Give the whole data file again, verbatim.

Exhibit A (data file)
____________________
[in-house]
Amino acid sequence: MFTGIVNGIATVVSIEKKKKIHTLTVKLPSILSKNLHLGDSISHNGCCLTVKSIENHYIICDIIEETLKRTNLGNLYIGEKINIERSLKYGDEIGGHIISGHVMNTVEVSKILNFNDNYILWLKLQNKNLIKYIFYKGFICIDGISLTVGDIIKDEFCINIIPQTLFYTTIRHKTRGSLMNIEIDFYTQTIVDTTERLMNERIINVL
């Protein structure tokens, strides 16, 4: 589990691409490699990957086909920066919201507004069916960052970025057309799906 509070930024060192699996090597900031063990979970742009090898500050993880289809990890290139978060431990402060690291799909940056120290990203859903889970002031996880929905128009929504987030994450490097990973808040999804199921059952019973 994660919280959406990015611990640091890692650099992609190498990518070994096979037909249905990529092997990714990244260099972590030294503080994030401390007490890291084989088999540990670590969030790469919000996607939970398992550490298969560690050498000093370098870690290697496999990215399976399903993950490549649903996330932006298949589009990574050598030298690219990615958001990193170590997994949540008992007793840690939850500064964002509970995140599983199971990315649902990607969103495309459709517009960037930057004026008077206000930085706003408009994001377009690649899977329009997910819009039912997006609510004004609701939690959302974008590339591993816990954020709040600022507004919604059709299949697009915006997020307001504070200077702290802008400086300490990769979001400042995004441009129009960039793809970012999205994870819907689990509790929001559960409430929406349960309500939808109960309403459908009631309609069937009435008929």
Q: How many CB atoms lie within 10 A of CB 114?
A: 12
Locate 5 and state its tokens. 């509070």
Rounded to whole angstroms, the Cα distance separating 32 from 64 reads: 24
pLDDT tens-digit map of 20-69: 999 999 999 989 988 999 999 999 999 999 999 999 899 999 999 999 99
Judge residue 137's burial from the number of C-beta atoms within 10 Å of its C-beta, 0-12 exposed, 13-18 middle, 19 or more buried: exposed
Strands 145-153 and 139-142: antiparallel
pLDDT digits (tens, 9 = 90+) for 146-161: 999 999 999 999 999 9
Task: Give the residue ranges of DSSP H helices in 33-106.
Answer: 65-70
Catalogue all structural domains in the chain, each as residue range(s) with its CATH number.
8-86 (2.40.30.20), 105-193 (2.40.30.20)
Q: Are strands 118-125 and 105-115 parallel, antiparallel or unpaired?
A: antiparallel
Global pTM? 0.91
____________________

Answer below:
[in-house]
Amino acid sequence: MFTGIVNGIATVVSIEKKKKIHTLTVKLPSILSKNLHLGDSISHNGCCLTVKSIENHYIICDIIEETLKRTNLGNLYIGEKINIERSLKYGDEIGGHIISGHVMNTVEVSKILNFNDNYILWLKLQNKNLIKYIFYKGFICIDGISLTVGDIIKDEFCINIIPQTLFYTTIRHKTRGSLMNIEIDFYTQTIVDTTERLMNERIINVL
């Protein structure tokens, strides 16, 4: 589990691409490699990957086909920066919201507004069916960052970025057309799906 509070930024060192699996090597900031063990979970742009090898500050993880289809990890290139978060431990402060690291799909940056120290990203859903889970002031996880929905128009929504987030994450490097990973808040999804199921059952019973 994660919280959406990015611990640091890692650099992609190498990518070994096979037909249905990529092997990714990244260099972590030294503080994030401390007490890291084989088999540990670590969030790469919000996607939970398992550490298969560690050498000093370098870690290697496999990215399976399903993950490549649903996330932006298949589009990574050598030298690219990615958001990193170590997994949540008992007793840690939850500064964002509970995140599983199971990315649902990607969103495309459709517009960037930057004026008077206000930085706003408009994001377009690649899977329009997910819009039912997006609510004004609701939690959302974008590339591993816990954020709040600022507004919604059709299949697009915006997020307001504070200077702290802008400086300490990769979001400042995004441009129009960039793809970012999205994870819907689990509790929001559960409430929406349960309500939808109960309403459908009631309609069937009435008929």
Q: How many CB atoms lie within 10 A of CB 114?
A: 12
Locate 5 and state its tokens. 């509070």
Rounded to whole angstroms, the Cα distance separating 32 from 64 reads: 24
pLDDT tens-digit map of 20-69: 999 999 999 989 988 999 999 999 999 999 999 999 899 999 999 999 99
Judge residue 137's burial from the number of C-beta atoms within 10 Å of its C-beta, 0-12 exposed, 13-18 middle, 19 or more buried: exposed
Strands 145-153 and 139-142: antiparallel
pLDDT digits (tens, 9 = 90+) for 146-161: 999 999 999 999 999 9
Task: Give the residue ranges of DSSP H helices in 33-106.
Answer: 65-70
Catalogue all structural domains in the chain, each as residue range(s) with its CATH number.
8-86 (2.40.30.20), 105-193 (2.40.30.20)
Q: Are strands 118-125 and 105-115 parallel, antiparallel or unpaired?
A: antiparallel
Global pTM? 0.91